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Posted at 8:56 AM ET, 04/23/2010

JON STEWART satirizes own network's censorship of 'South Park' Muhammad episode

By Michael Cavna

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If you're a topical humorist for a living, and Comedy Central cuts your checks, AND your boss censors a colleague or two for topical humor, there's one clear path on which to proceed:

You fight censorship of satire with satire.

On Thursday night's episode of "The Daily Show," fake anchor/real social critic Jon Stewart aired a 10-minute takedown-of-sorts of Comedy Central's decision to censor his network brethren (and "good friends"), Matt Stone and Trey Parker, over a speech that was edited from Wednesday night's episode of their show "South Park."

If you're just catching up: The speech, according to producers/creators Parker and Stone, concerned fear and intimidation. Comedy Central chose to bleep the speech. ("Bigger and Longer," perhaps -- but definitely not "Uncut.") The bleeps came during about 35 seconds of dialogue among three cartoon characters: Kyle, Jesus Christ and Santa Claus.

Some watchers wondered whether the bleeped speech was part of the joke. No such twist. "It wasn't some meta-joke on our part," Parker and Stone said, according to the Associated Press. Beyond confirming the censorship, Comedy Central declined to comment.

According to The Post's Lisa de Moraes, Stone and Parker said: "Comedy Central added the bleeps. In fact, Kyle's customary final speech was about intimidation and fear. It didn't mention Muhammad at all but it got bleeped too."

During the "Daily Show's" bit, Stewart does say of his Comedy Central bosses' decision to censor: "It's their right. We all serve at their pleasure" and that they probably did so to protect their employees "from possible harmful repercussions." Then the segment proceeds to offer a montage of potentially offensive "Daily Show" religion-themed clips that satirize a whole flood of faiths -- right down to the Amish (who, Stewart jokes, write their letters of protest in calligraphy).

If you're really just catching up: Back on Tuesday (or about 23 news-cycles ago), Comic Riffs reported that the New York-based Islamic Web site posted an image and video of the fatally stabbed filmmaker Theo Van Gogh and asked provocatively whether Parker and Stone -- in depicting the prophet Muhammad -- remembered what had happened to another artist who criticized Islam. (More than a week ago, for its 200th episode, "South Park" depicted Muhammad -- which it first did nearly a decade ago to almost zero controversy.) That Web site has since been cached.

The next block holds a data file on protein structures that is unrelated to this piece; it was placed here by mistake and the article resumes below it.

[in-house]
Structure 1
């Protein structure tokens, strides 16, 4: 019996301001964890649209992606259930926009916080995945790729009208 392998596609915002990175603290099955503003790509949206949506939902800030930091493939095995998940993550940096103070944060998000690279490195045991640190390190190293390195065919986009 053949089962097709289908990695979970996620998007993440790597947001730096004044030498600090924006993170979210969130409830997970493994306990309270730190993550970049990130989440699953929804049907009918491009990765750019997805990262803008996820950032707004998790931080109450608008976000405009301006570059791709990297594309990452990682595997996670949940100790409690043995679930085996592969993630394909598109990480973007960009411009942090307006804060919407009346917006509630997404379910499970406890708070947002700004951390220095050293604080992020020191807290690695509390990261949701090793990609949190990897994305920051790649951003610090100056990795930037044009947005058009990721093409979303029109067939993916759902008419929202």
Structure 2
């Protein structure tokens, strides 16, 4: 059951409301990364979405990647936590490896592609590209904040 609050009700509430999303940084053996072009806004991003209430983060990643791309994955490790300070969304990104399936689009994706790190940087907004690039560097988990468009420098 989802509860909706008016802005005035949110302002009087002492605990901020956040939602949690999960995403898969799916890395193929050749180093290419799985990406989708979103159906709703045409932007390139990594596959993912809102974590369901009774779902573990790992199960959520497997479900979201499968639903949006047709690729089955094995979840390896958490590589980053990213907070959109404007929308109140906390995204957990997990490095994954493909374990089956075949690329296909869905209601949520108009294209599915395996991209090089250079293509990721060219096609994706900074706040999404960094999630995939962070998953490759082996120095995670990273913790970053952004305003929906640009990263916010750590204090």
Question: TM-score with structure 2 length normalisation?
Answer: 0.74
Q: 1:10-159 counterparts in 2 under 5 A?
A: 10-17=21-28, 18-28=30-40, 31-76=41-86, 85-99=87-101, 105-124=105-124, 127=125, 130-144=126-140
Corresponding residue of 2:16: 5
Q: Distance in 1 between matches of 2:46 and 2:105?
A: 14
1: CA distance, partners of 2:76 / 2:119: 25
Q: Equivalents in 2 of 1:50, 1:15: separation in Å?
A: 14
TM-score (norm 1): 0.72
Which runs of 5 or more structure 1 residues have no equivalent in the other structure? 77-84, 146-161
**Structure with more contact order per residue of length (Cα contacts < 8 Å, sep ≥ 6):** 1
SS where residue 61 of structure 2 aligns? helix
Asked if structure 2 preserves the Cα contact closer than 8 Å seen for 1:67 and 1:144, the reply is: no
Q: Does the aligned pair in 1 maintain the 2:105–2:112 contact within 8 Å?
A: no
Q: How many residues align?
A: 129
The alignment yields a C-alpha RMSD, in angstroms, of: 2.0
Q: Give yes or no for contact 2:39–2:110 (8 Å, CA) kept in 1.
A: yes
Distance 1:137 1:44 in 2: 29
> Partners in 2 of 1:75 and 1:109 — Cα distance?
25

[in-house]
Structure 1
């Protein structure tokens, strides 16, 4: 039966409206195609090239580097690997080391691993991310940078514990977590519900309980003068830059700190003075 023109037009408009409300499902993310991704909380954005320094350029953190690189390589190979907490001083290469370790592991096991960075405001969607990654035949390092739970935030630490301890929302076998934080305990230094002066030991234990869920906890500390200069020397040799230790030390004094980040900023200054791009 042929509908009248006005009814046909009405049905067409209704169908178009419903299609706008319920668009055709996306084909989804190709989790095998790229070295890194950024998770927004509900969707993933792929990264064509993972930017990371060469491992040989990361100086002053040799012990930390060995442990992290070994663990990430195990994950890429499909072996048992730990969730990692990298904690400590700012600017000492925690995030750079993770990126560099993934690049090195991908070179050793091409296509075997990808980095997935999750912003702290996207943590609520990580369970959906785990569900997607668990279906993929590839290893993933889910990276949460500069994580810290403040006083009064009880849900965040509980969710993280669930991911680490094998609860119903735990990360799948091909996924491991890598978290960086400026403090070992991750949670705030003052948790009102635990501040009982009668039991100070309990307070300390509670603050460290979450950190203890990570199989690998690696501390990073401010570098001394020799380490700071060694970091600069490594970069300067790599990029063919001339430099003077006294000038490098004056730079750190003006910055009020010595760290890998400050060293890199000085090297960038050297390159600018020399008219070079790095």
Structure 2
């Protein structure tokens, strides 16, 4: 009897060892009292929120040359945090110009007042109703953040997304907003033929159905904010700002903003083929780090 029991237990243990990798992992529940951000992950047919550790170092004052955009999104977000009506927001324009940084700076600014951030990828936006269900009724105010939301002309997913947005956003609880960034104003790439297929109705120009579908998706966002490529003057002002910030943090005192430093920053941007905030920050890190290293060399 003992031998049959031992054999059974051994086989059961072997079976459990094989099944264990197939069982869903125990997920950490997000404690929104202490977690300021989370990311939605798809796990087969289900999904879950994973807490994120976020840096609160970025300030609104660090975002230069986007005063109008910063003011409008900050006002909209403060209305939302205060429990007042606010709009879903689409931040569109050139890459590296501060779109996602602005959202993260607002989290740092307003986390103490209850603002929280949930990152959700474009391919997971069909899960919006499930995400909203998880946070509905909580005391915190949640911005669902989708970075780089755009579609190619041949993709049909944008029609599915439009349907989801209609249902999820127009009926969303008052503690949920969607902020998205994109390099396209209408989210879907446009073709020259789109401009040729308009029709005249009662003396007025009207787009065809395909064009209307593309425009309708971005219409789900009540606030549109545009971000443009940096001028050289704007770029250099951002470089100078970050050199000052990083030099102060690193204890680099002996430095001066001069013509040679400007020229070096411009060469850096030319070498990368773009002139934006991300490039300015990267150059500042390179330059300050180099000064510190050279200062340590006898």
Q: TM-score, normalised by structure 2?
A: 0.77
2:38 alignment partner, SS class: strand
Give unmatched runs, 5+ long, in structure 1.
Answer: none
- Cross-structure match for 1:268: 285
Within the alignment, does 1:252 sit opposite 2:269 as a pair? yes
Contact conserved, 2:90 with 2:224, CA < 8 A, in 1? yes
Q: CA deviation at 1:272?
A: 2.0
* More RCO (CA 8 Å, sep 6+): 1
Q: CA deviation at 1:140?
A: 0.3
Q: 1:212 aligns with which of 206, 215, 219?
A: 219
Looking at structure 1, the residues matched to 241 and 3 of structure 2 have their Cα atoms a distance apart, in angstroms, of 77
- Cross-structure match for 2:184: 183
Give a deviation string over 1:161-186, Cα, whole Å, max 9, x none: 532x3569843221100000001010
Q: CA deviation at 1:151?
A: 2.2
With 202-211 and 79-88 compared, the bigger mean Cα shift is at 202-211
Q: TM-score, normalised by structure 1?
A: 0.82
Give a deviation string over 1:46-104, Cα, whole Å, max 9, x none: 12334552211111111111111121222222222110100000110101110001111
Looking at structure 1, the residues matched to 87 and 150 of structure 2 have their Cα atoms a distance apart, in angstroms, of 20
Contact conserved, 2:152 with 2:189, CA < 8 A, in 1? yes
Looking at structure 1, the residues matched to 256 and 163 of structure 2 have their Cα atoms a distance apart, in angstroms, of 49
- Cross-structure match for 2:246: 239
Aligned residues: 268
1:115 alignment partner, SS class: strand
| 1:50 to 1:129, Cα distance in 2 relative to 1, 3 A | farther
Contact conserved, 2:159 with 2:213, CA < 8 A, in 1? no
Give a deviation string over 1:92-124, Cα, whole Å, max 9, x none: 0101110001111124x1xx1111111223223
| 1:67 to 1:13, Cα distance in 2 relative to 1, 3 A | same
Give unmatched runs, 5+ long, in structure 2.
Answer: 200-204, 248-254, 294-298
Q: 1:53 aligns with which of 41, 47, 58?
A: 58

So we all see the crystal-clear irony in this by now, right? A Web site characterized as "pro-jihad" preys on fear and intimidation in regards to "South Park." So when "South Park" attempts a speech about fear and intimidation, Comedy Central -- apparently chilled by the Web site (based in the same city as Stewart, btw) -- bleeps the speech. Voila -- the Web site's goal seems achieved: Parker and Stone have been at least partially "silenced."

In other words, to invoke the revivified phrase: The terrorists win.

The truest part of the "Daily Show" segment might just be toward the end, when "fake correspondent" Aasif Mandvi says that as a Muslim himself, a cartoon about Muhammad might trouble him. But more upsetting, he says, is "someone, in the name of a faith that I believe in, threatening another person for doing it."

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"Someone, in the name of a faith that I believe in, threatening another person for doing it."

By Michael Cavna  | April 23, 2010; 8:56 AM ET
Categories:  The Animation  | Tags:  Censorship, Comedy Central, Daily Show, Jon Stewart, Matt Stone, Muhammad, Trey Parker  
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Should South Park be censored? Absolutely not. I am reminded of Lenny Bruce, a man who paid a heavy price for freedom of speech a generation ago. Lenny had a point of view that had redeeming social value. We're a lesser country because he is no longer with us.

Having said that, I should also note that the writers of that show should have known that they were opening up a rat's nest by producing this particular program. Have they ever heard the name "Salmon Rushdie"? It's been over a quarter of a century since he published the "Satanic Verses" and he's been in hiding ever since.

Like the Christian extremist in this country, their counterparts in the Muslim world are nuts - possibly nuttier (if that's even possible).

What the hell is the matter with them? Have they really gained anything? Has any monumental point been made? By doing what they have done, they have put themselves and everyone who works at Comedy Central in potential danger. Was it really worth it?

Tom Degan

Posted by: tomdeganfrontiernetnet | April 23, 2010 9:57 AM | Report abuse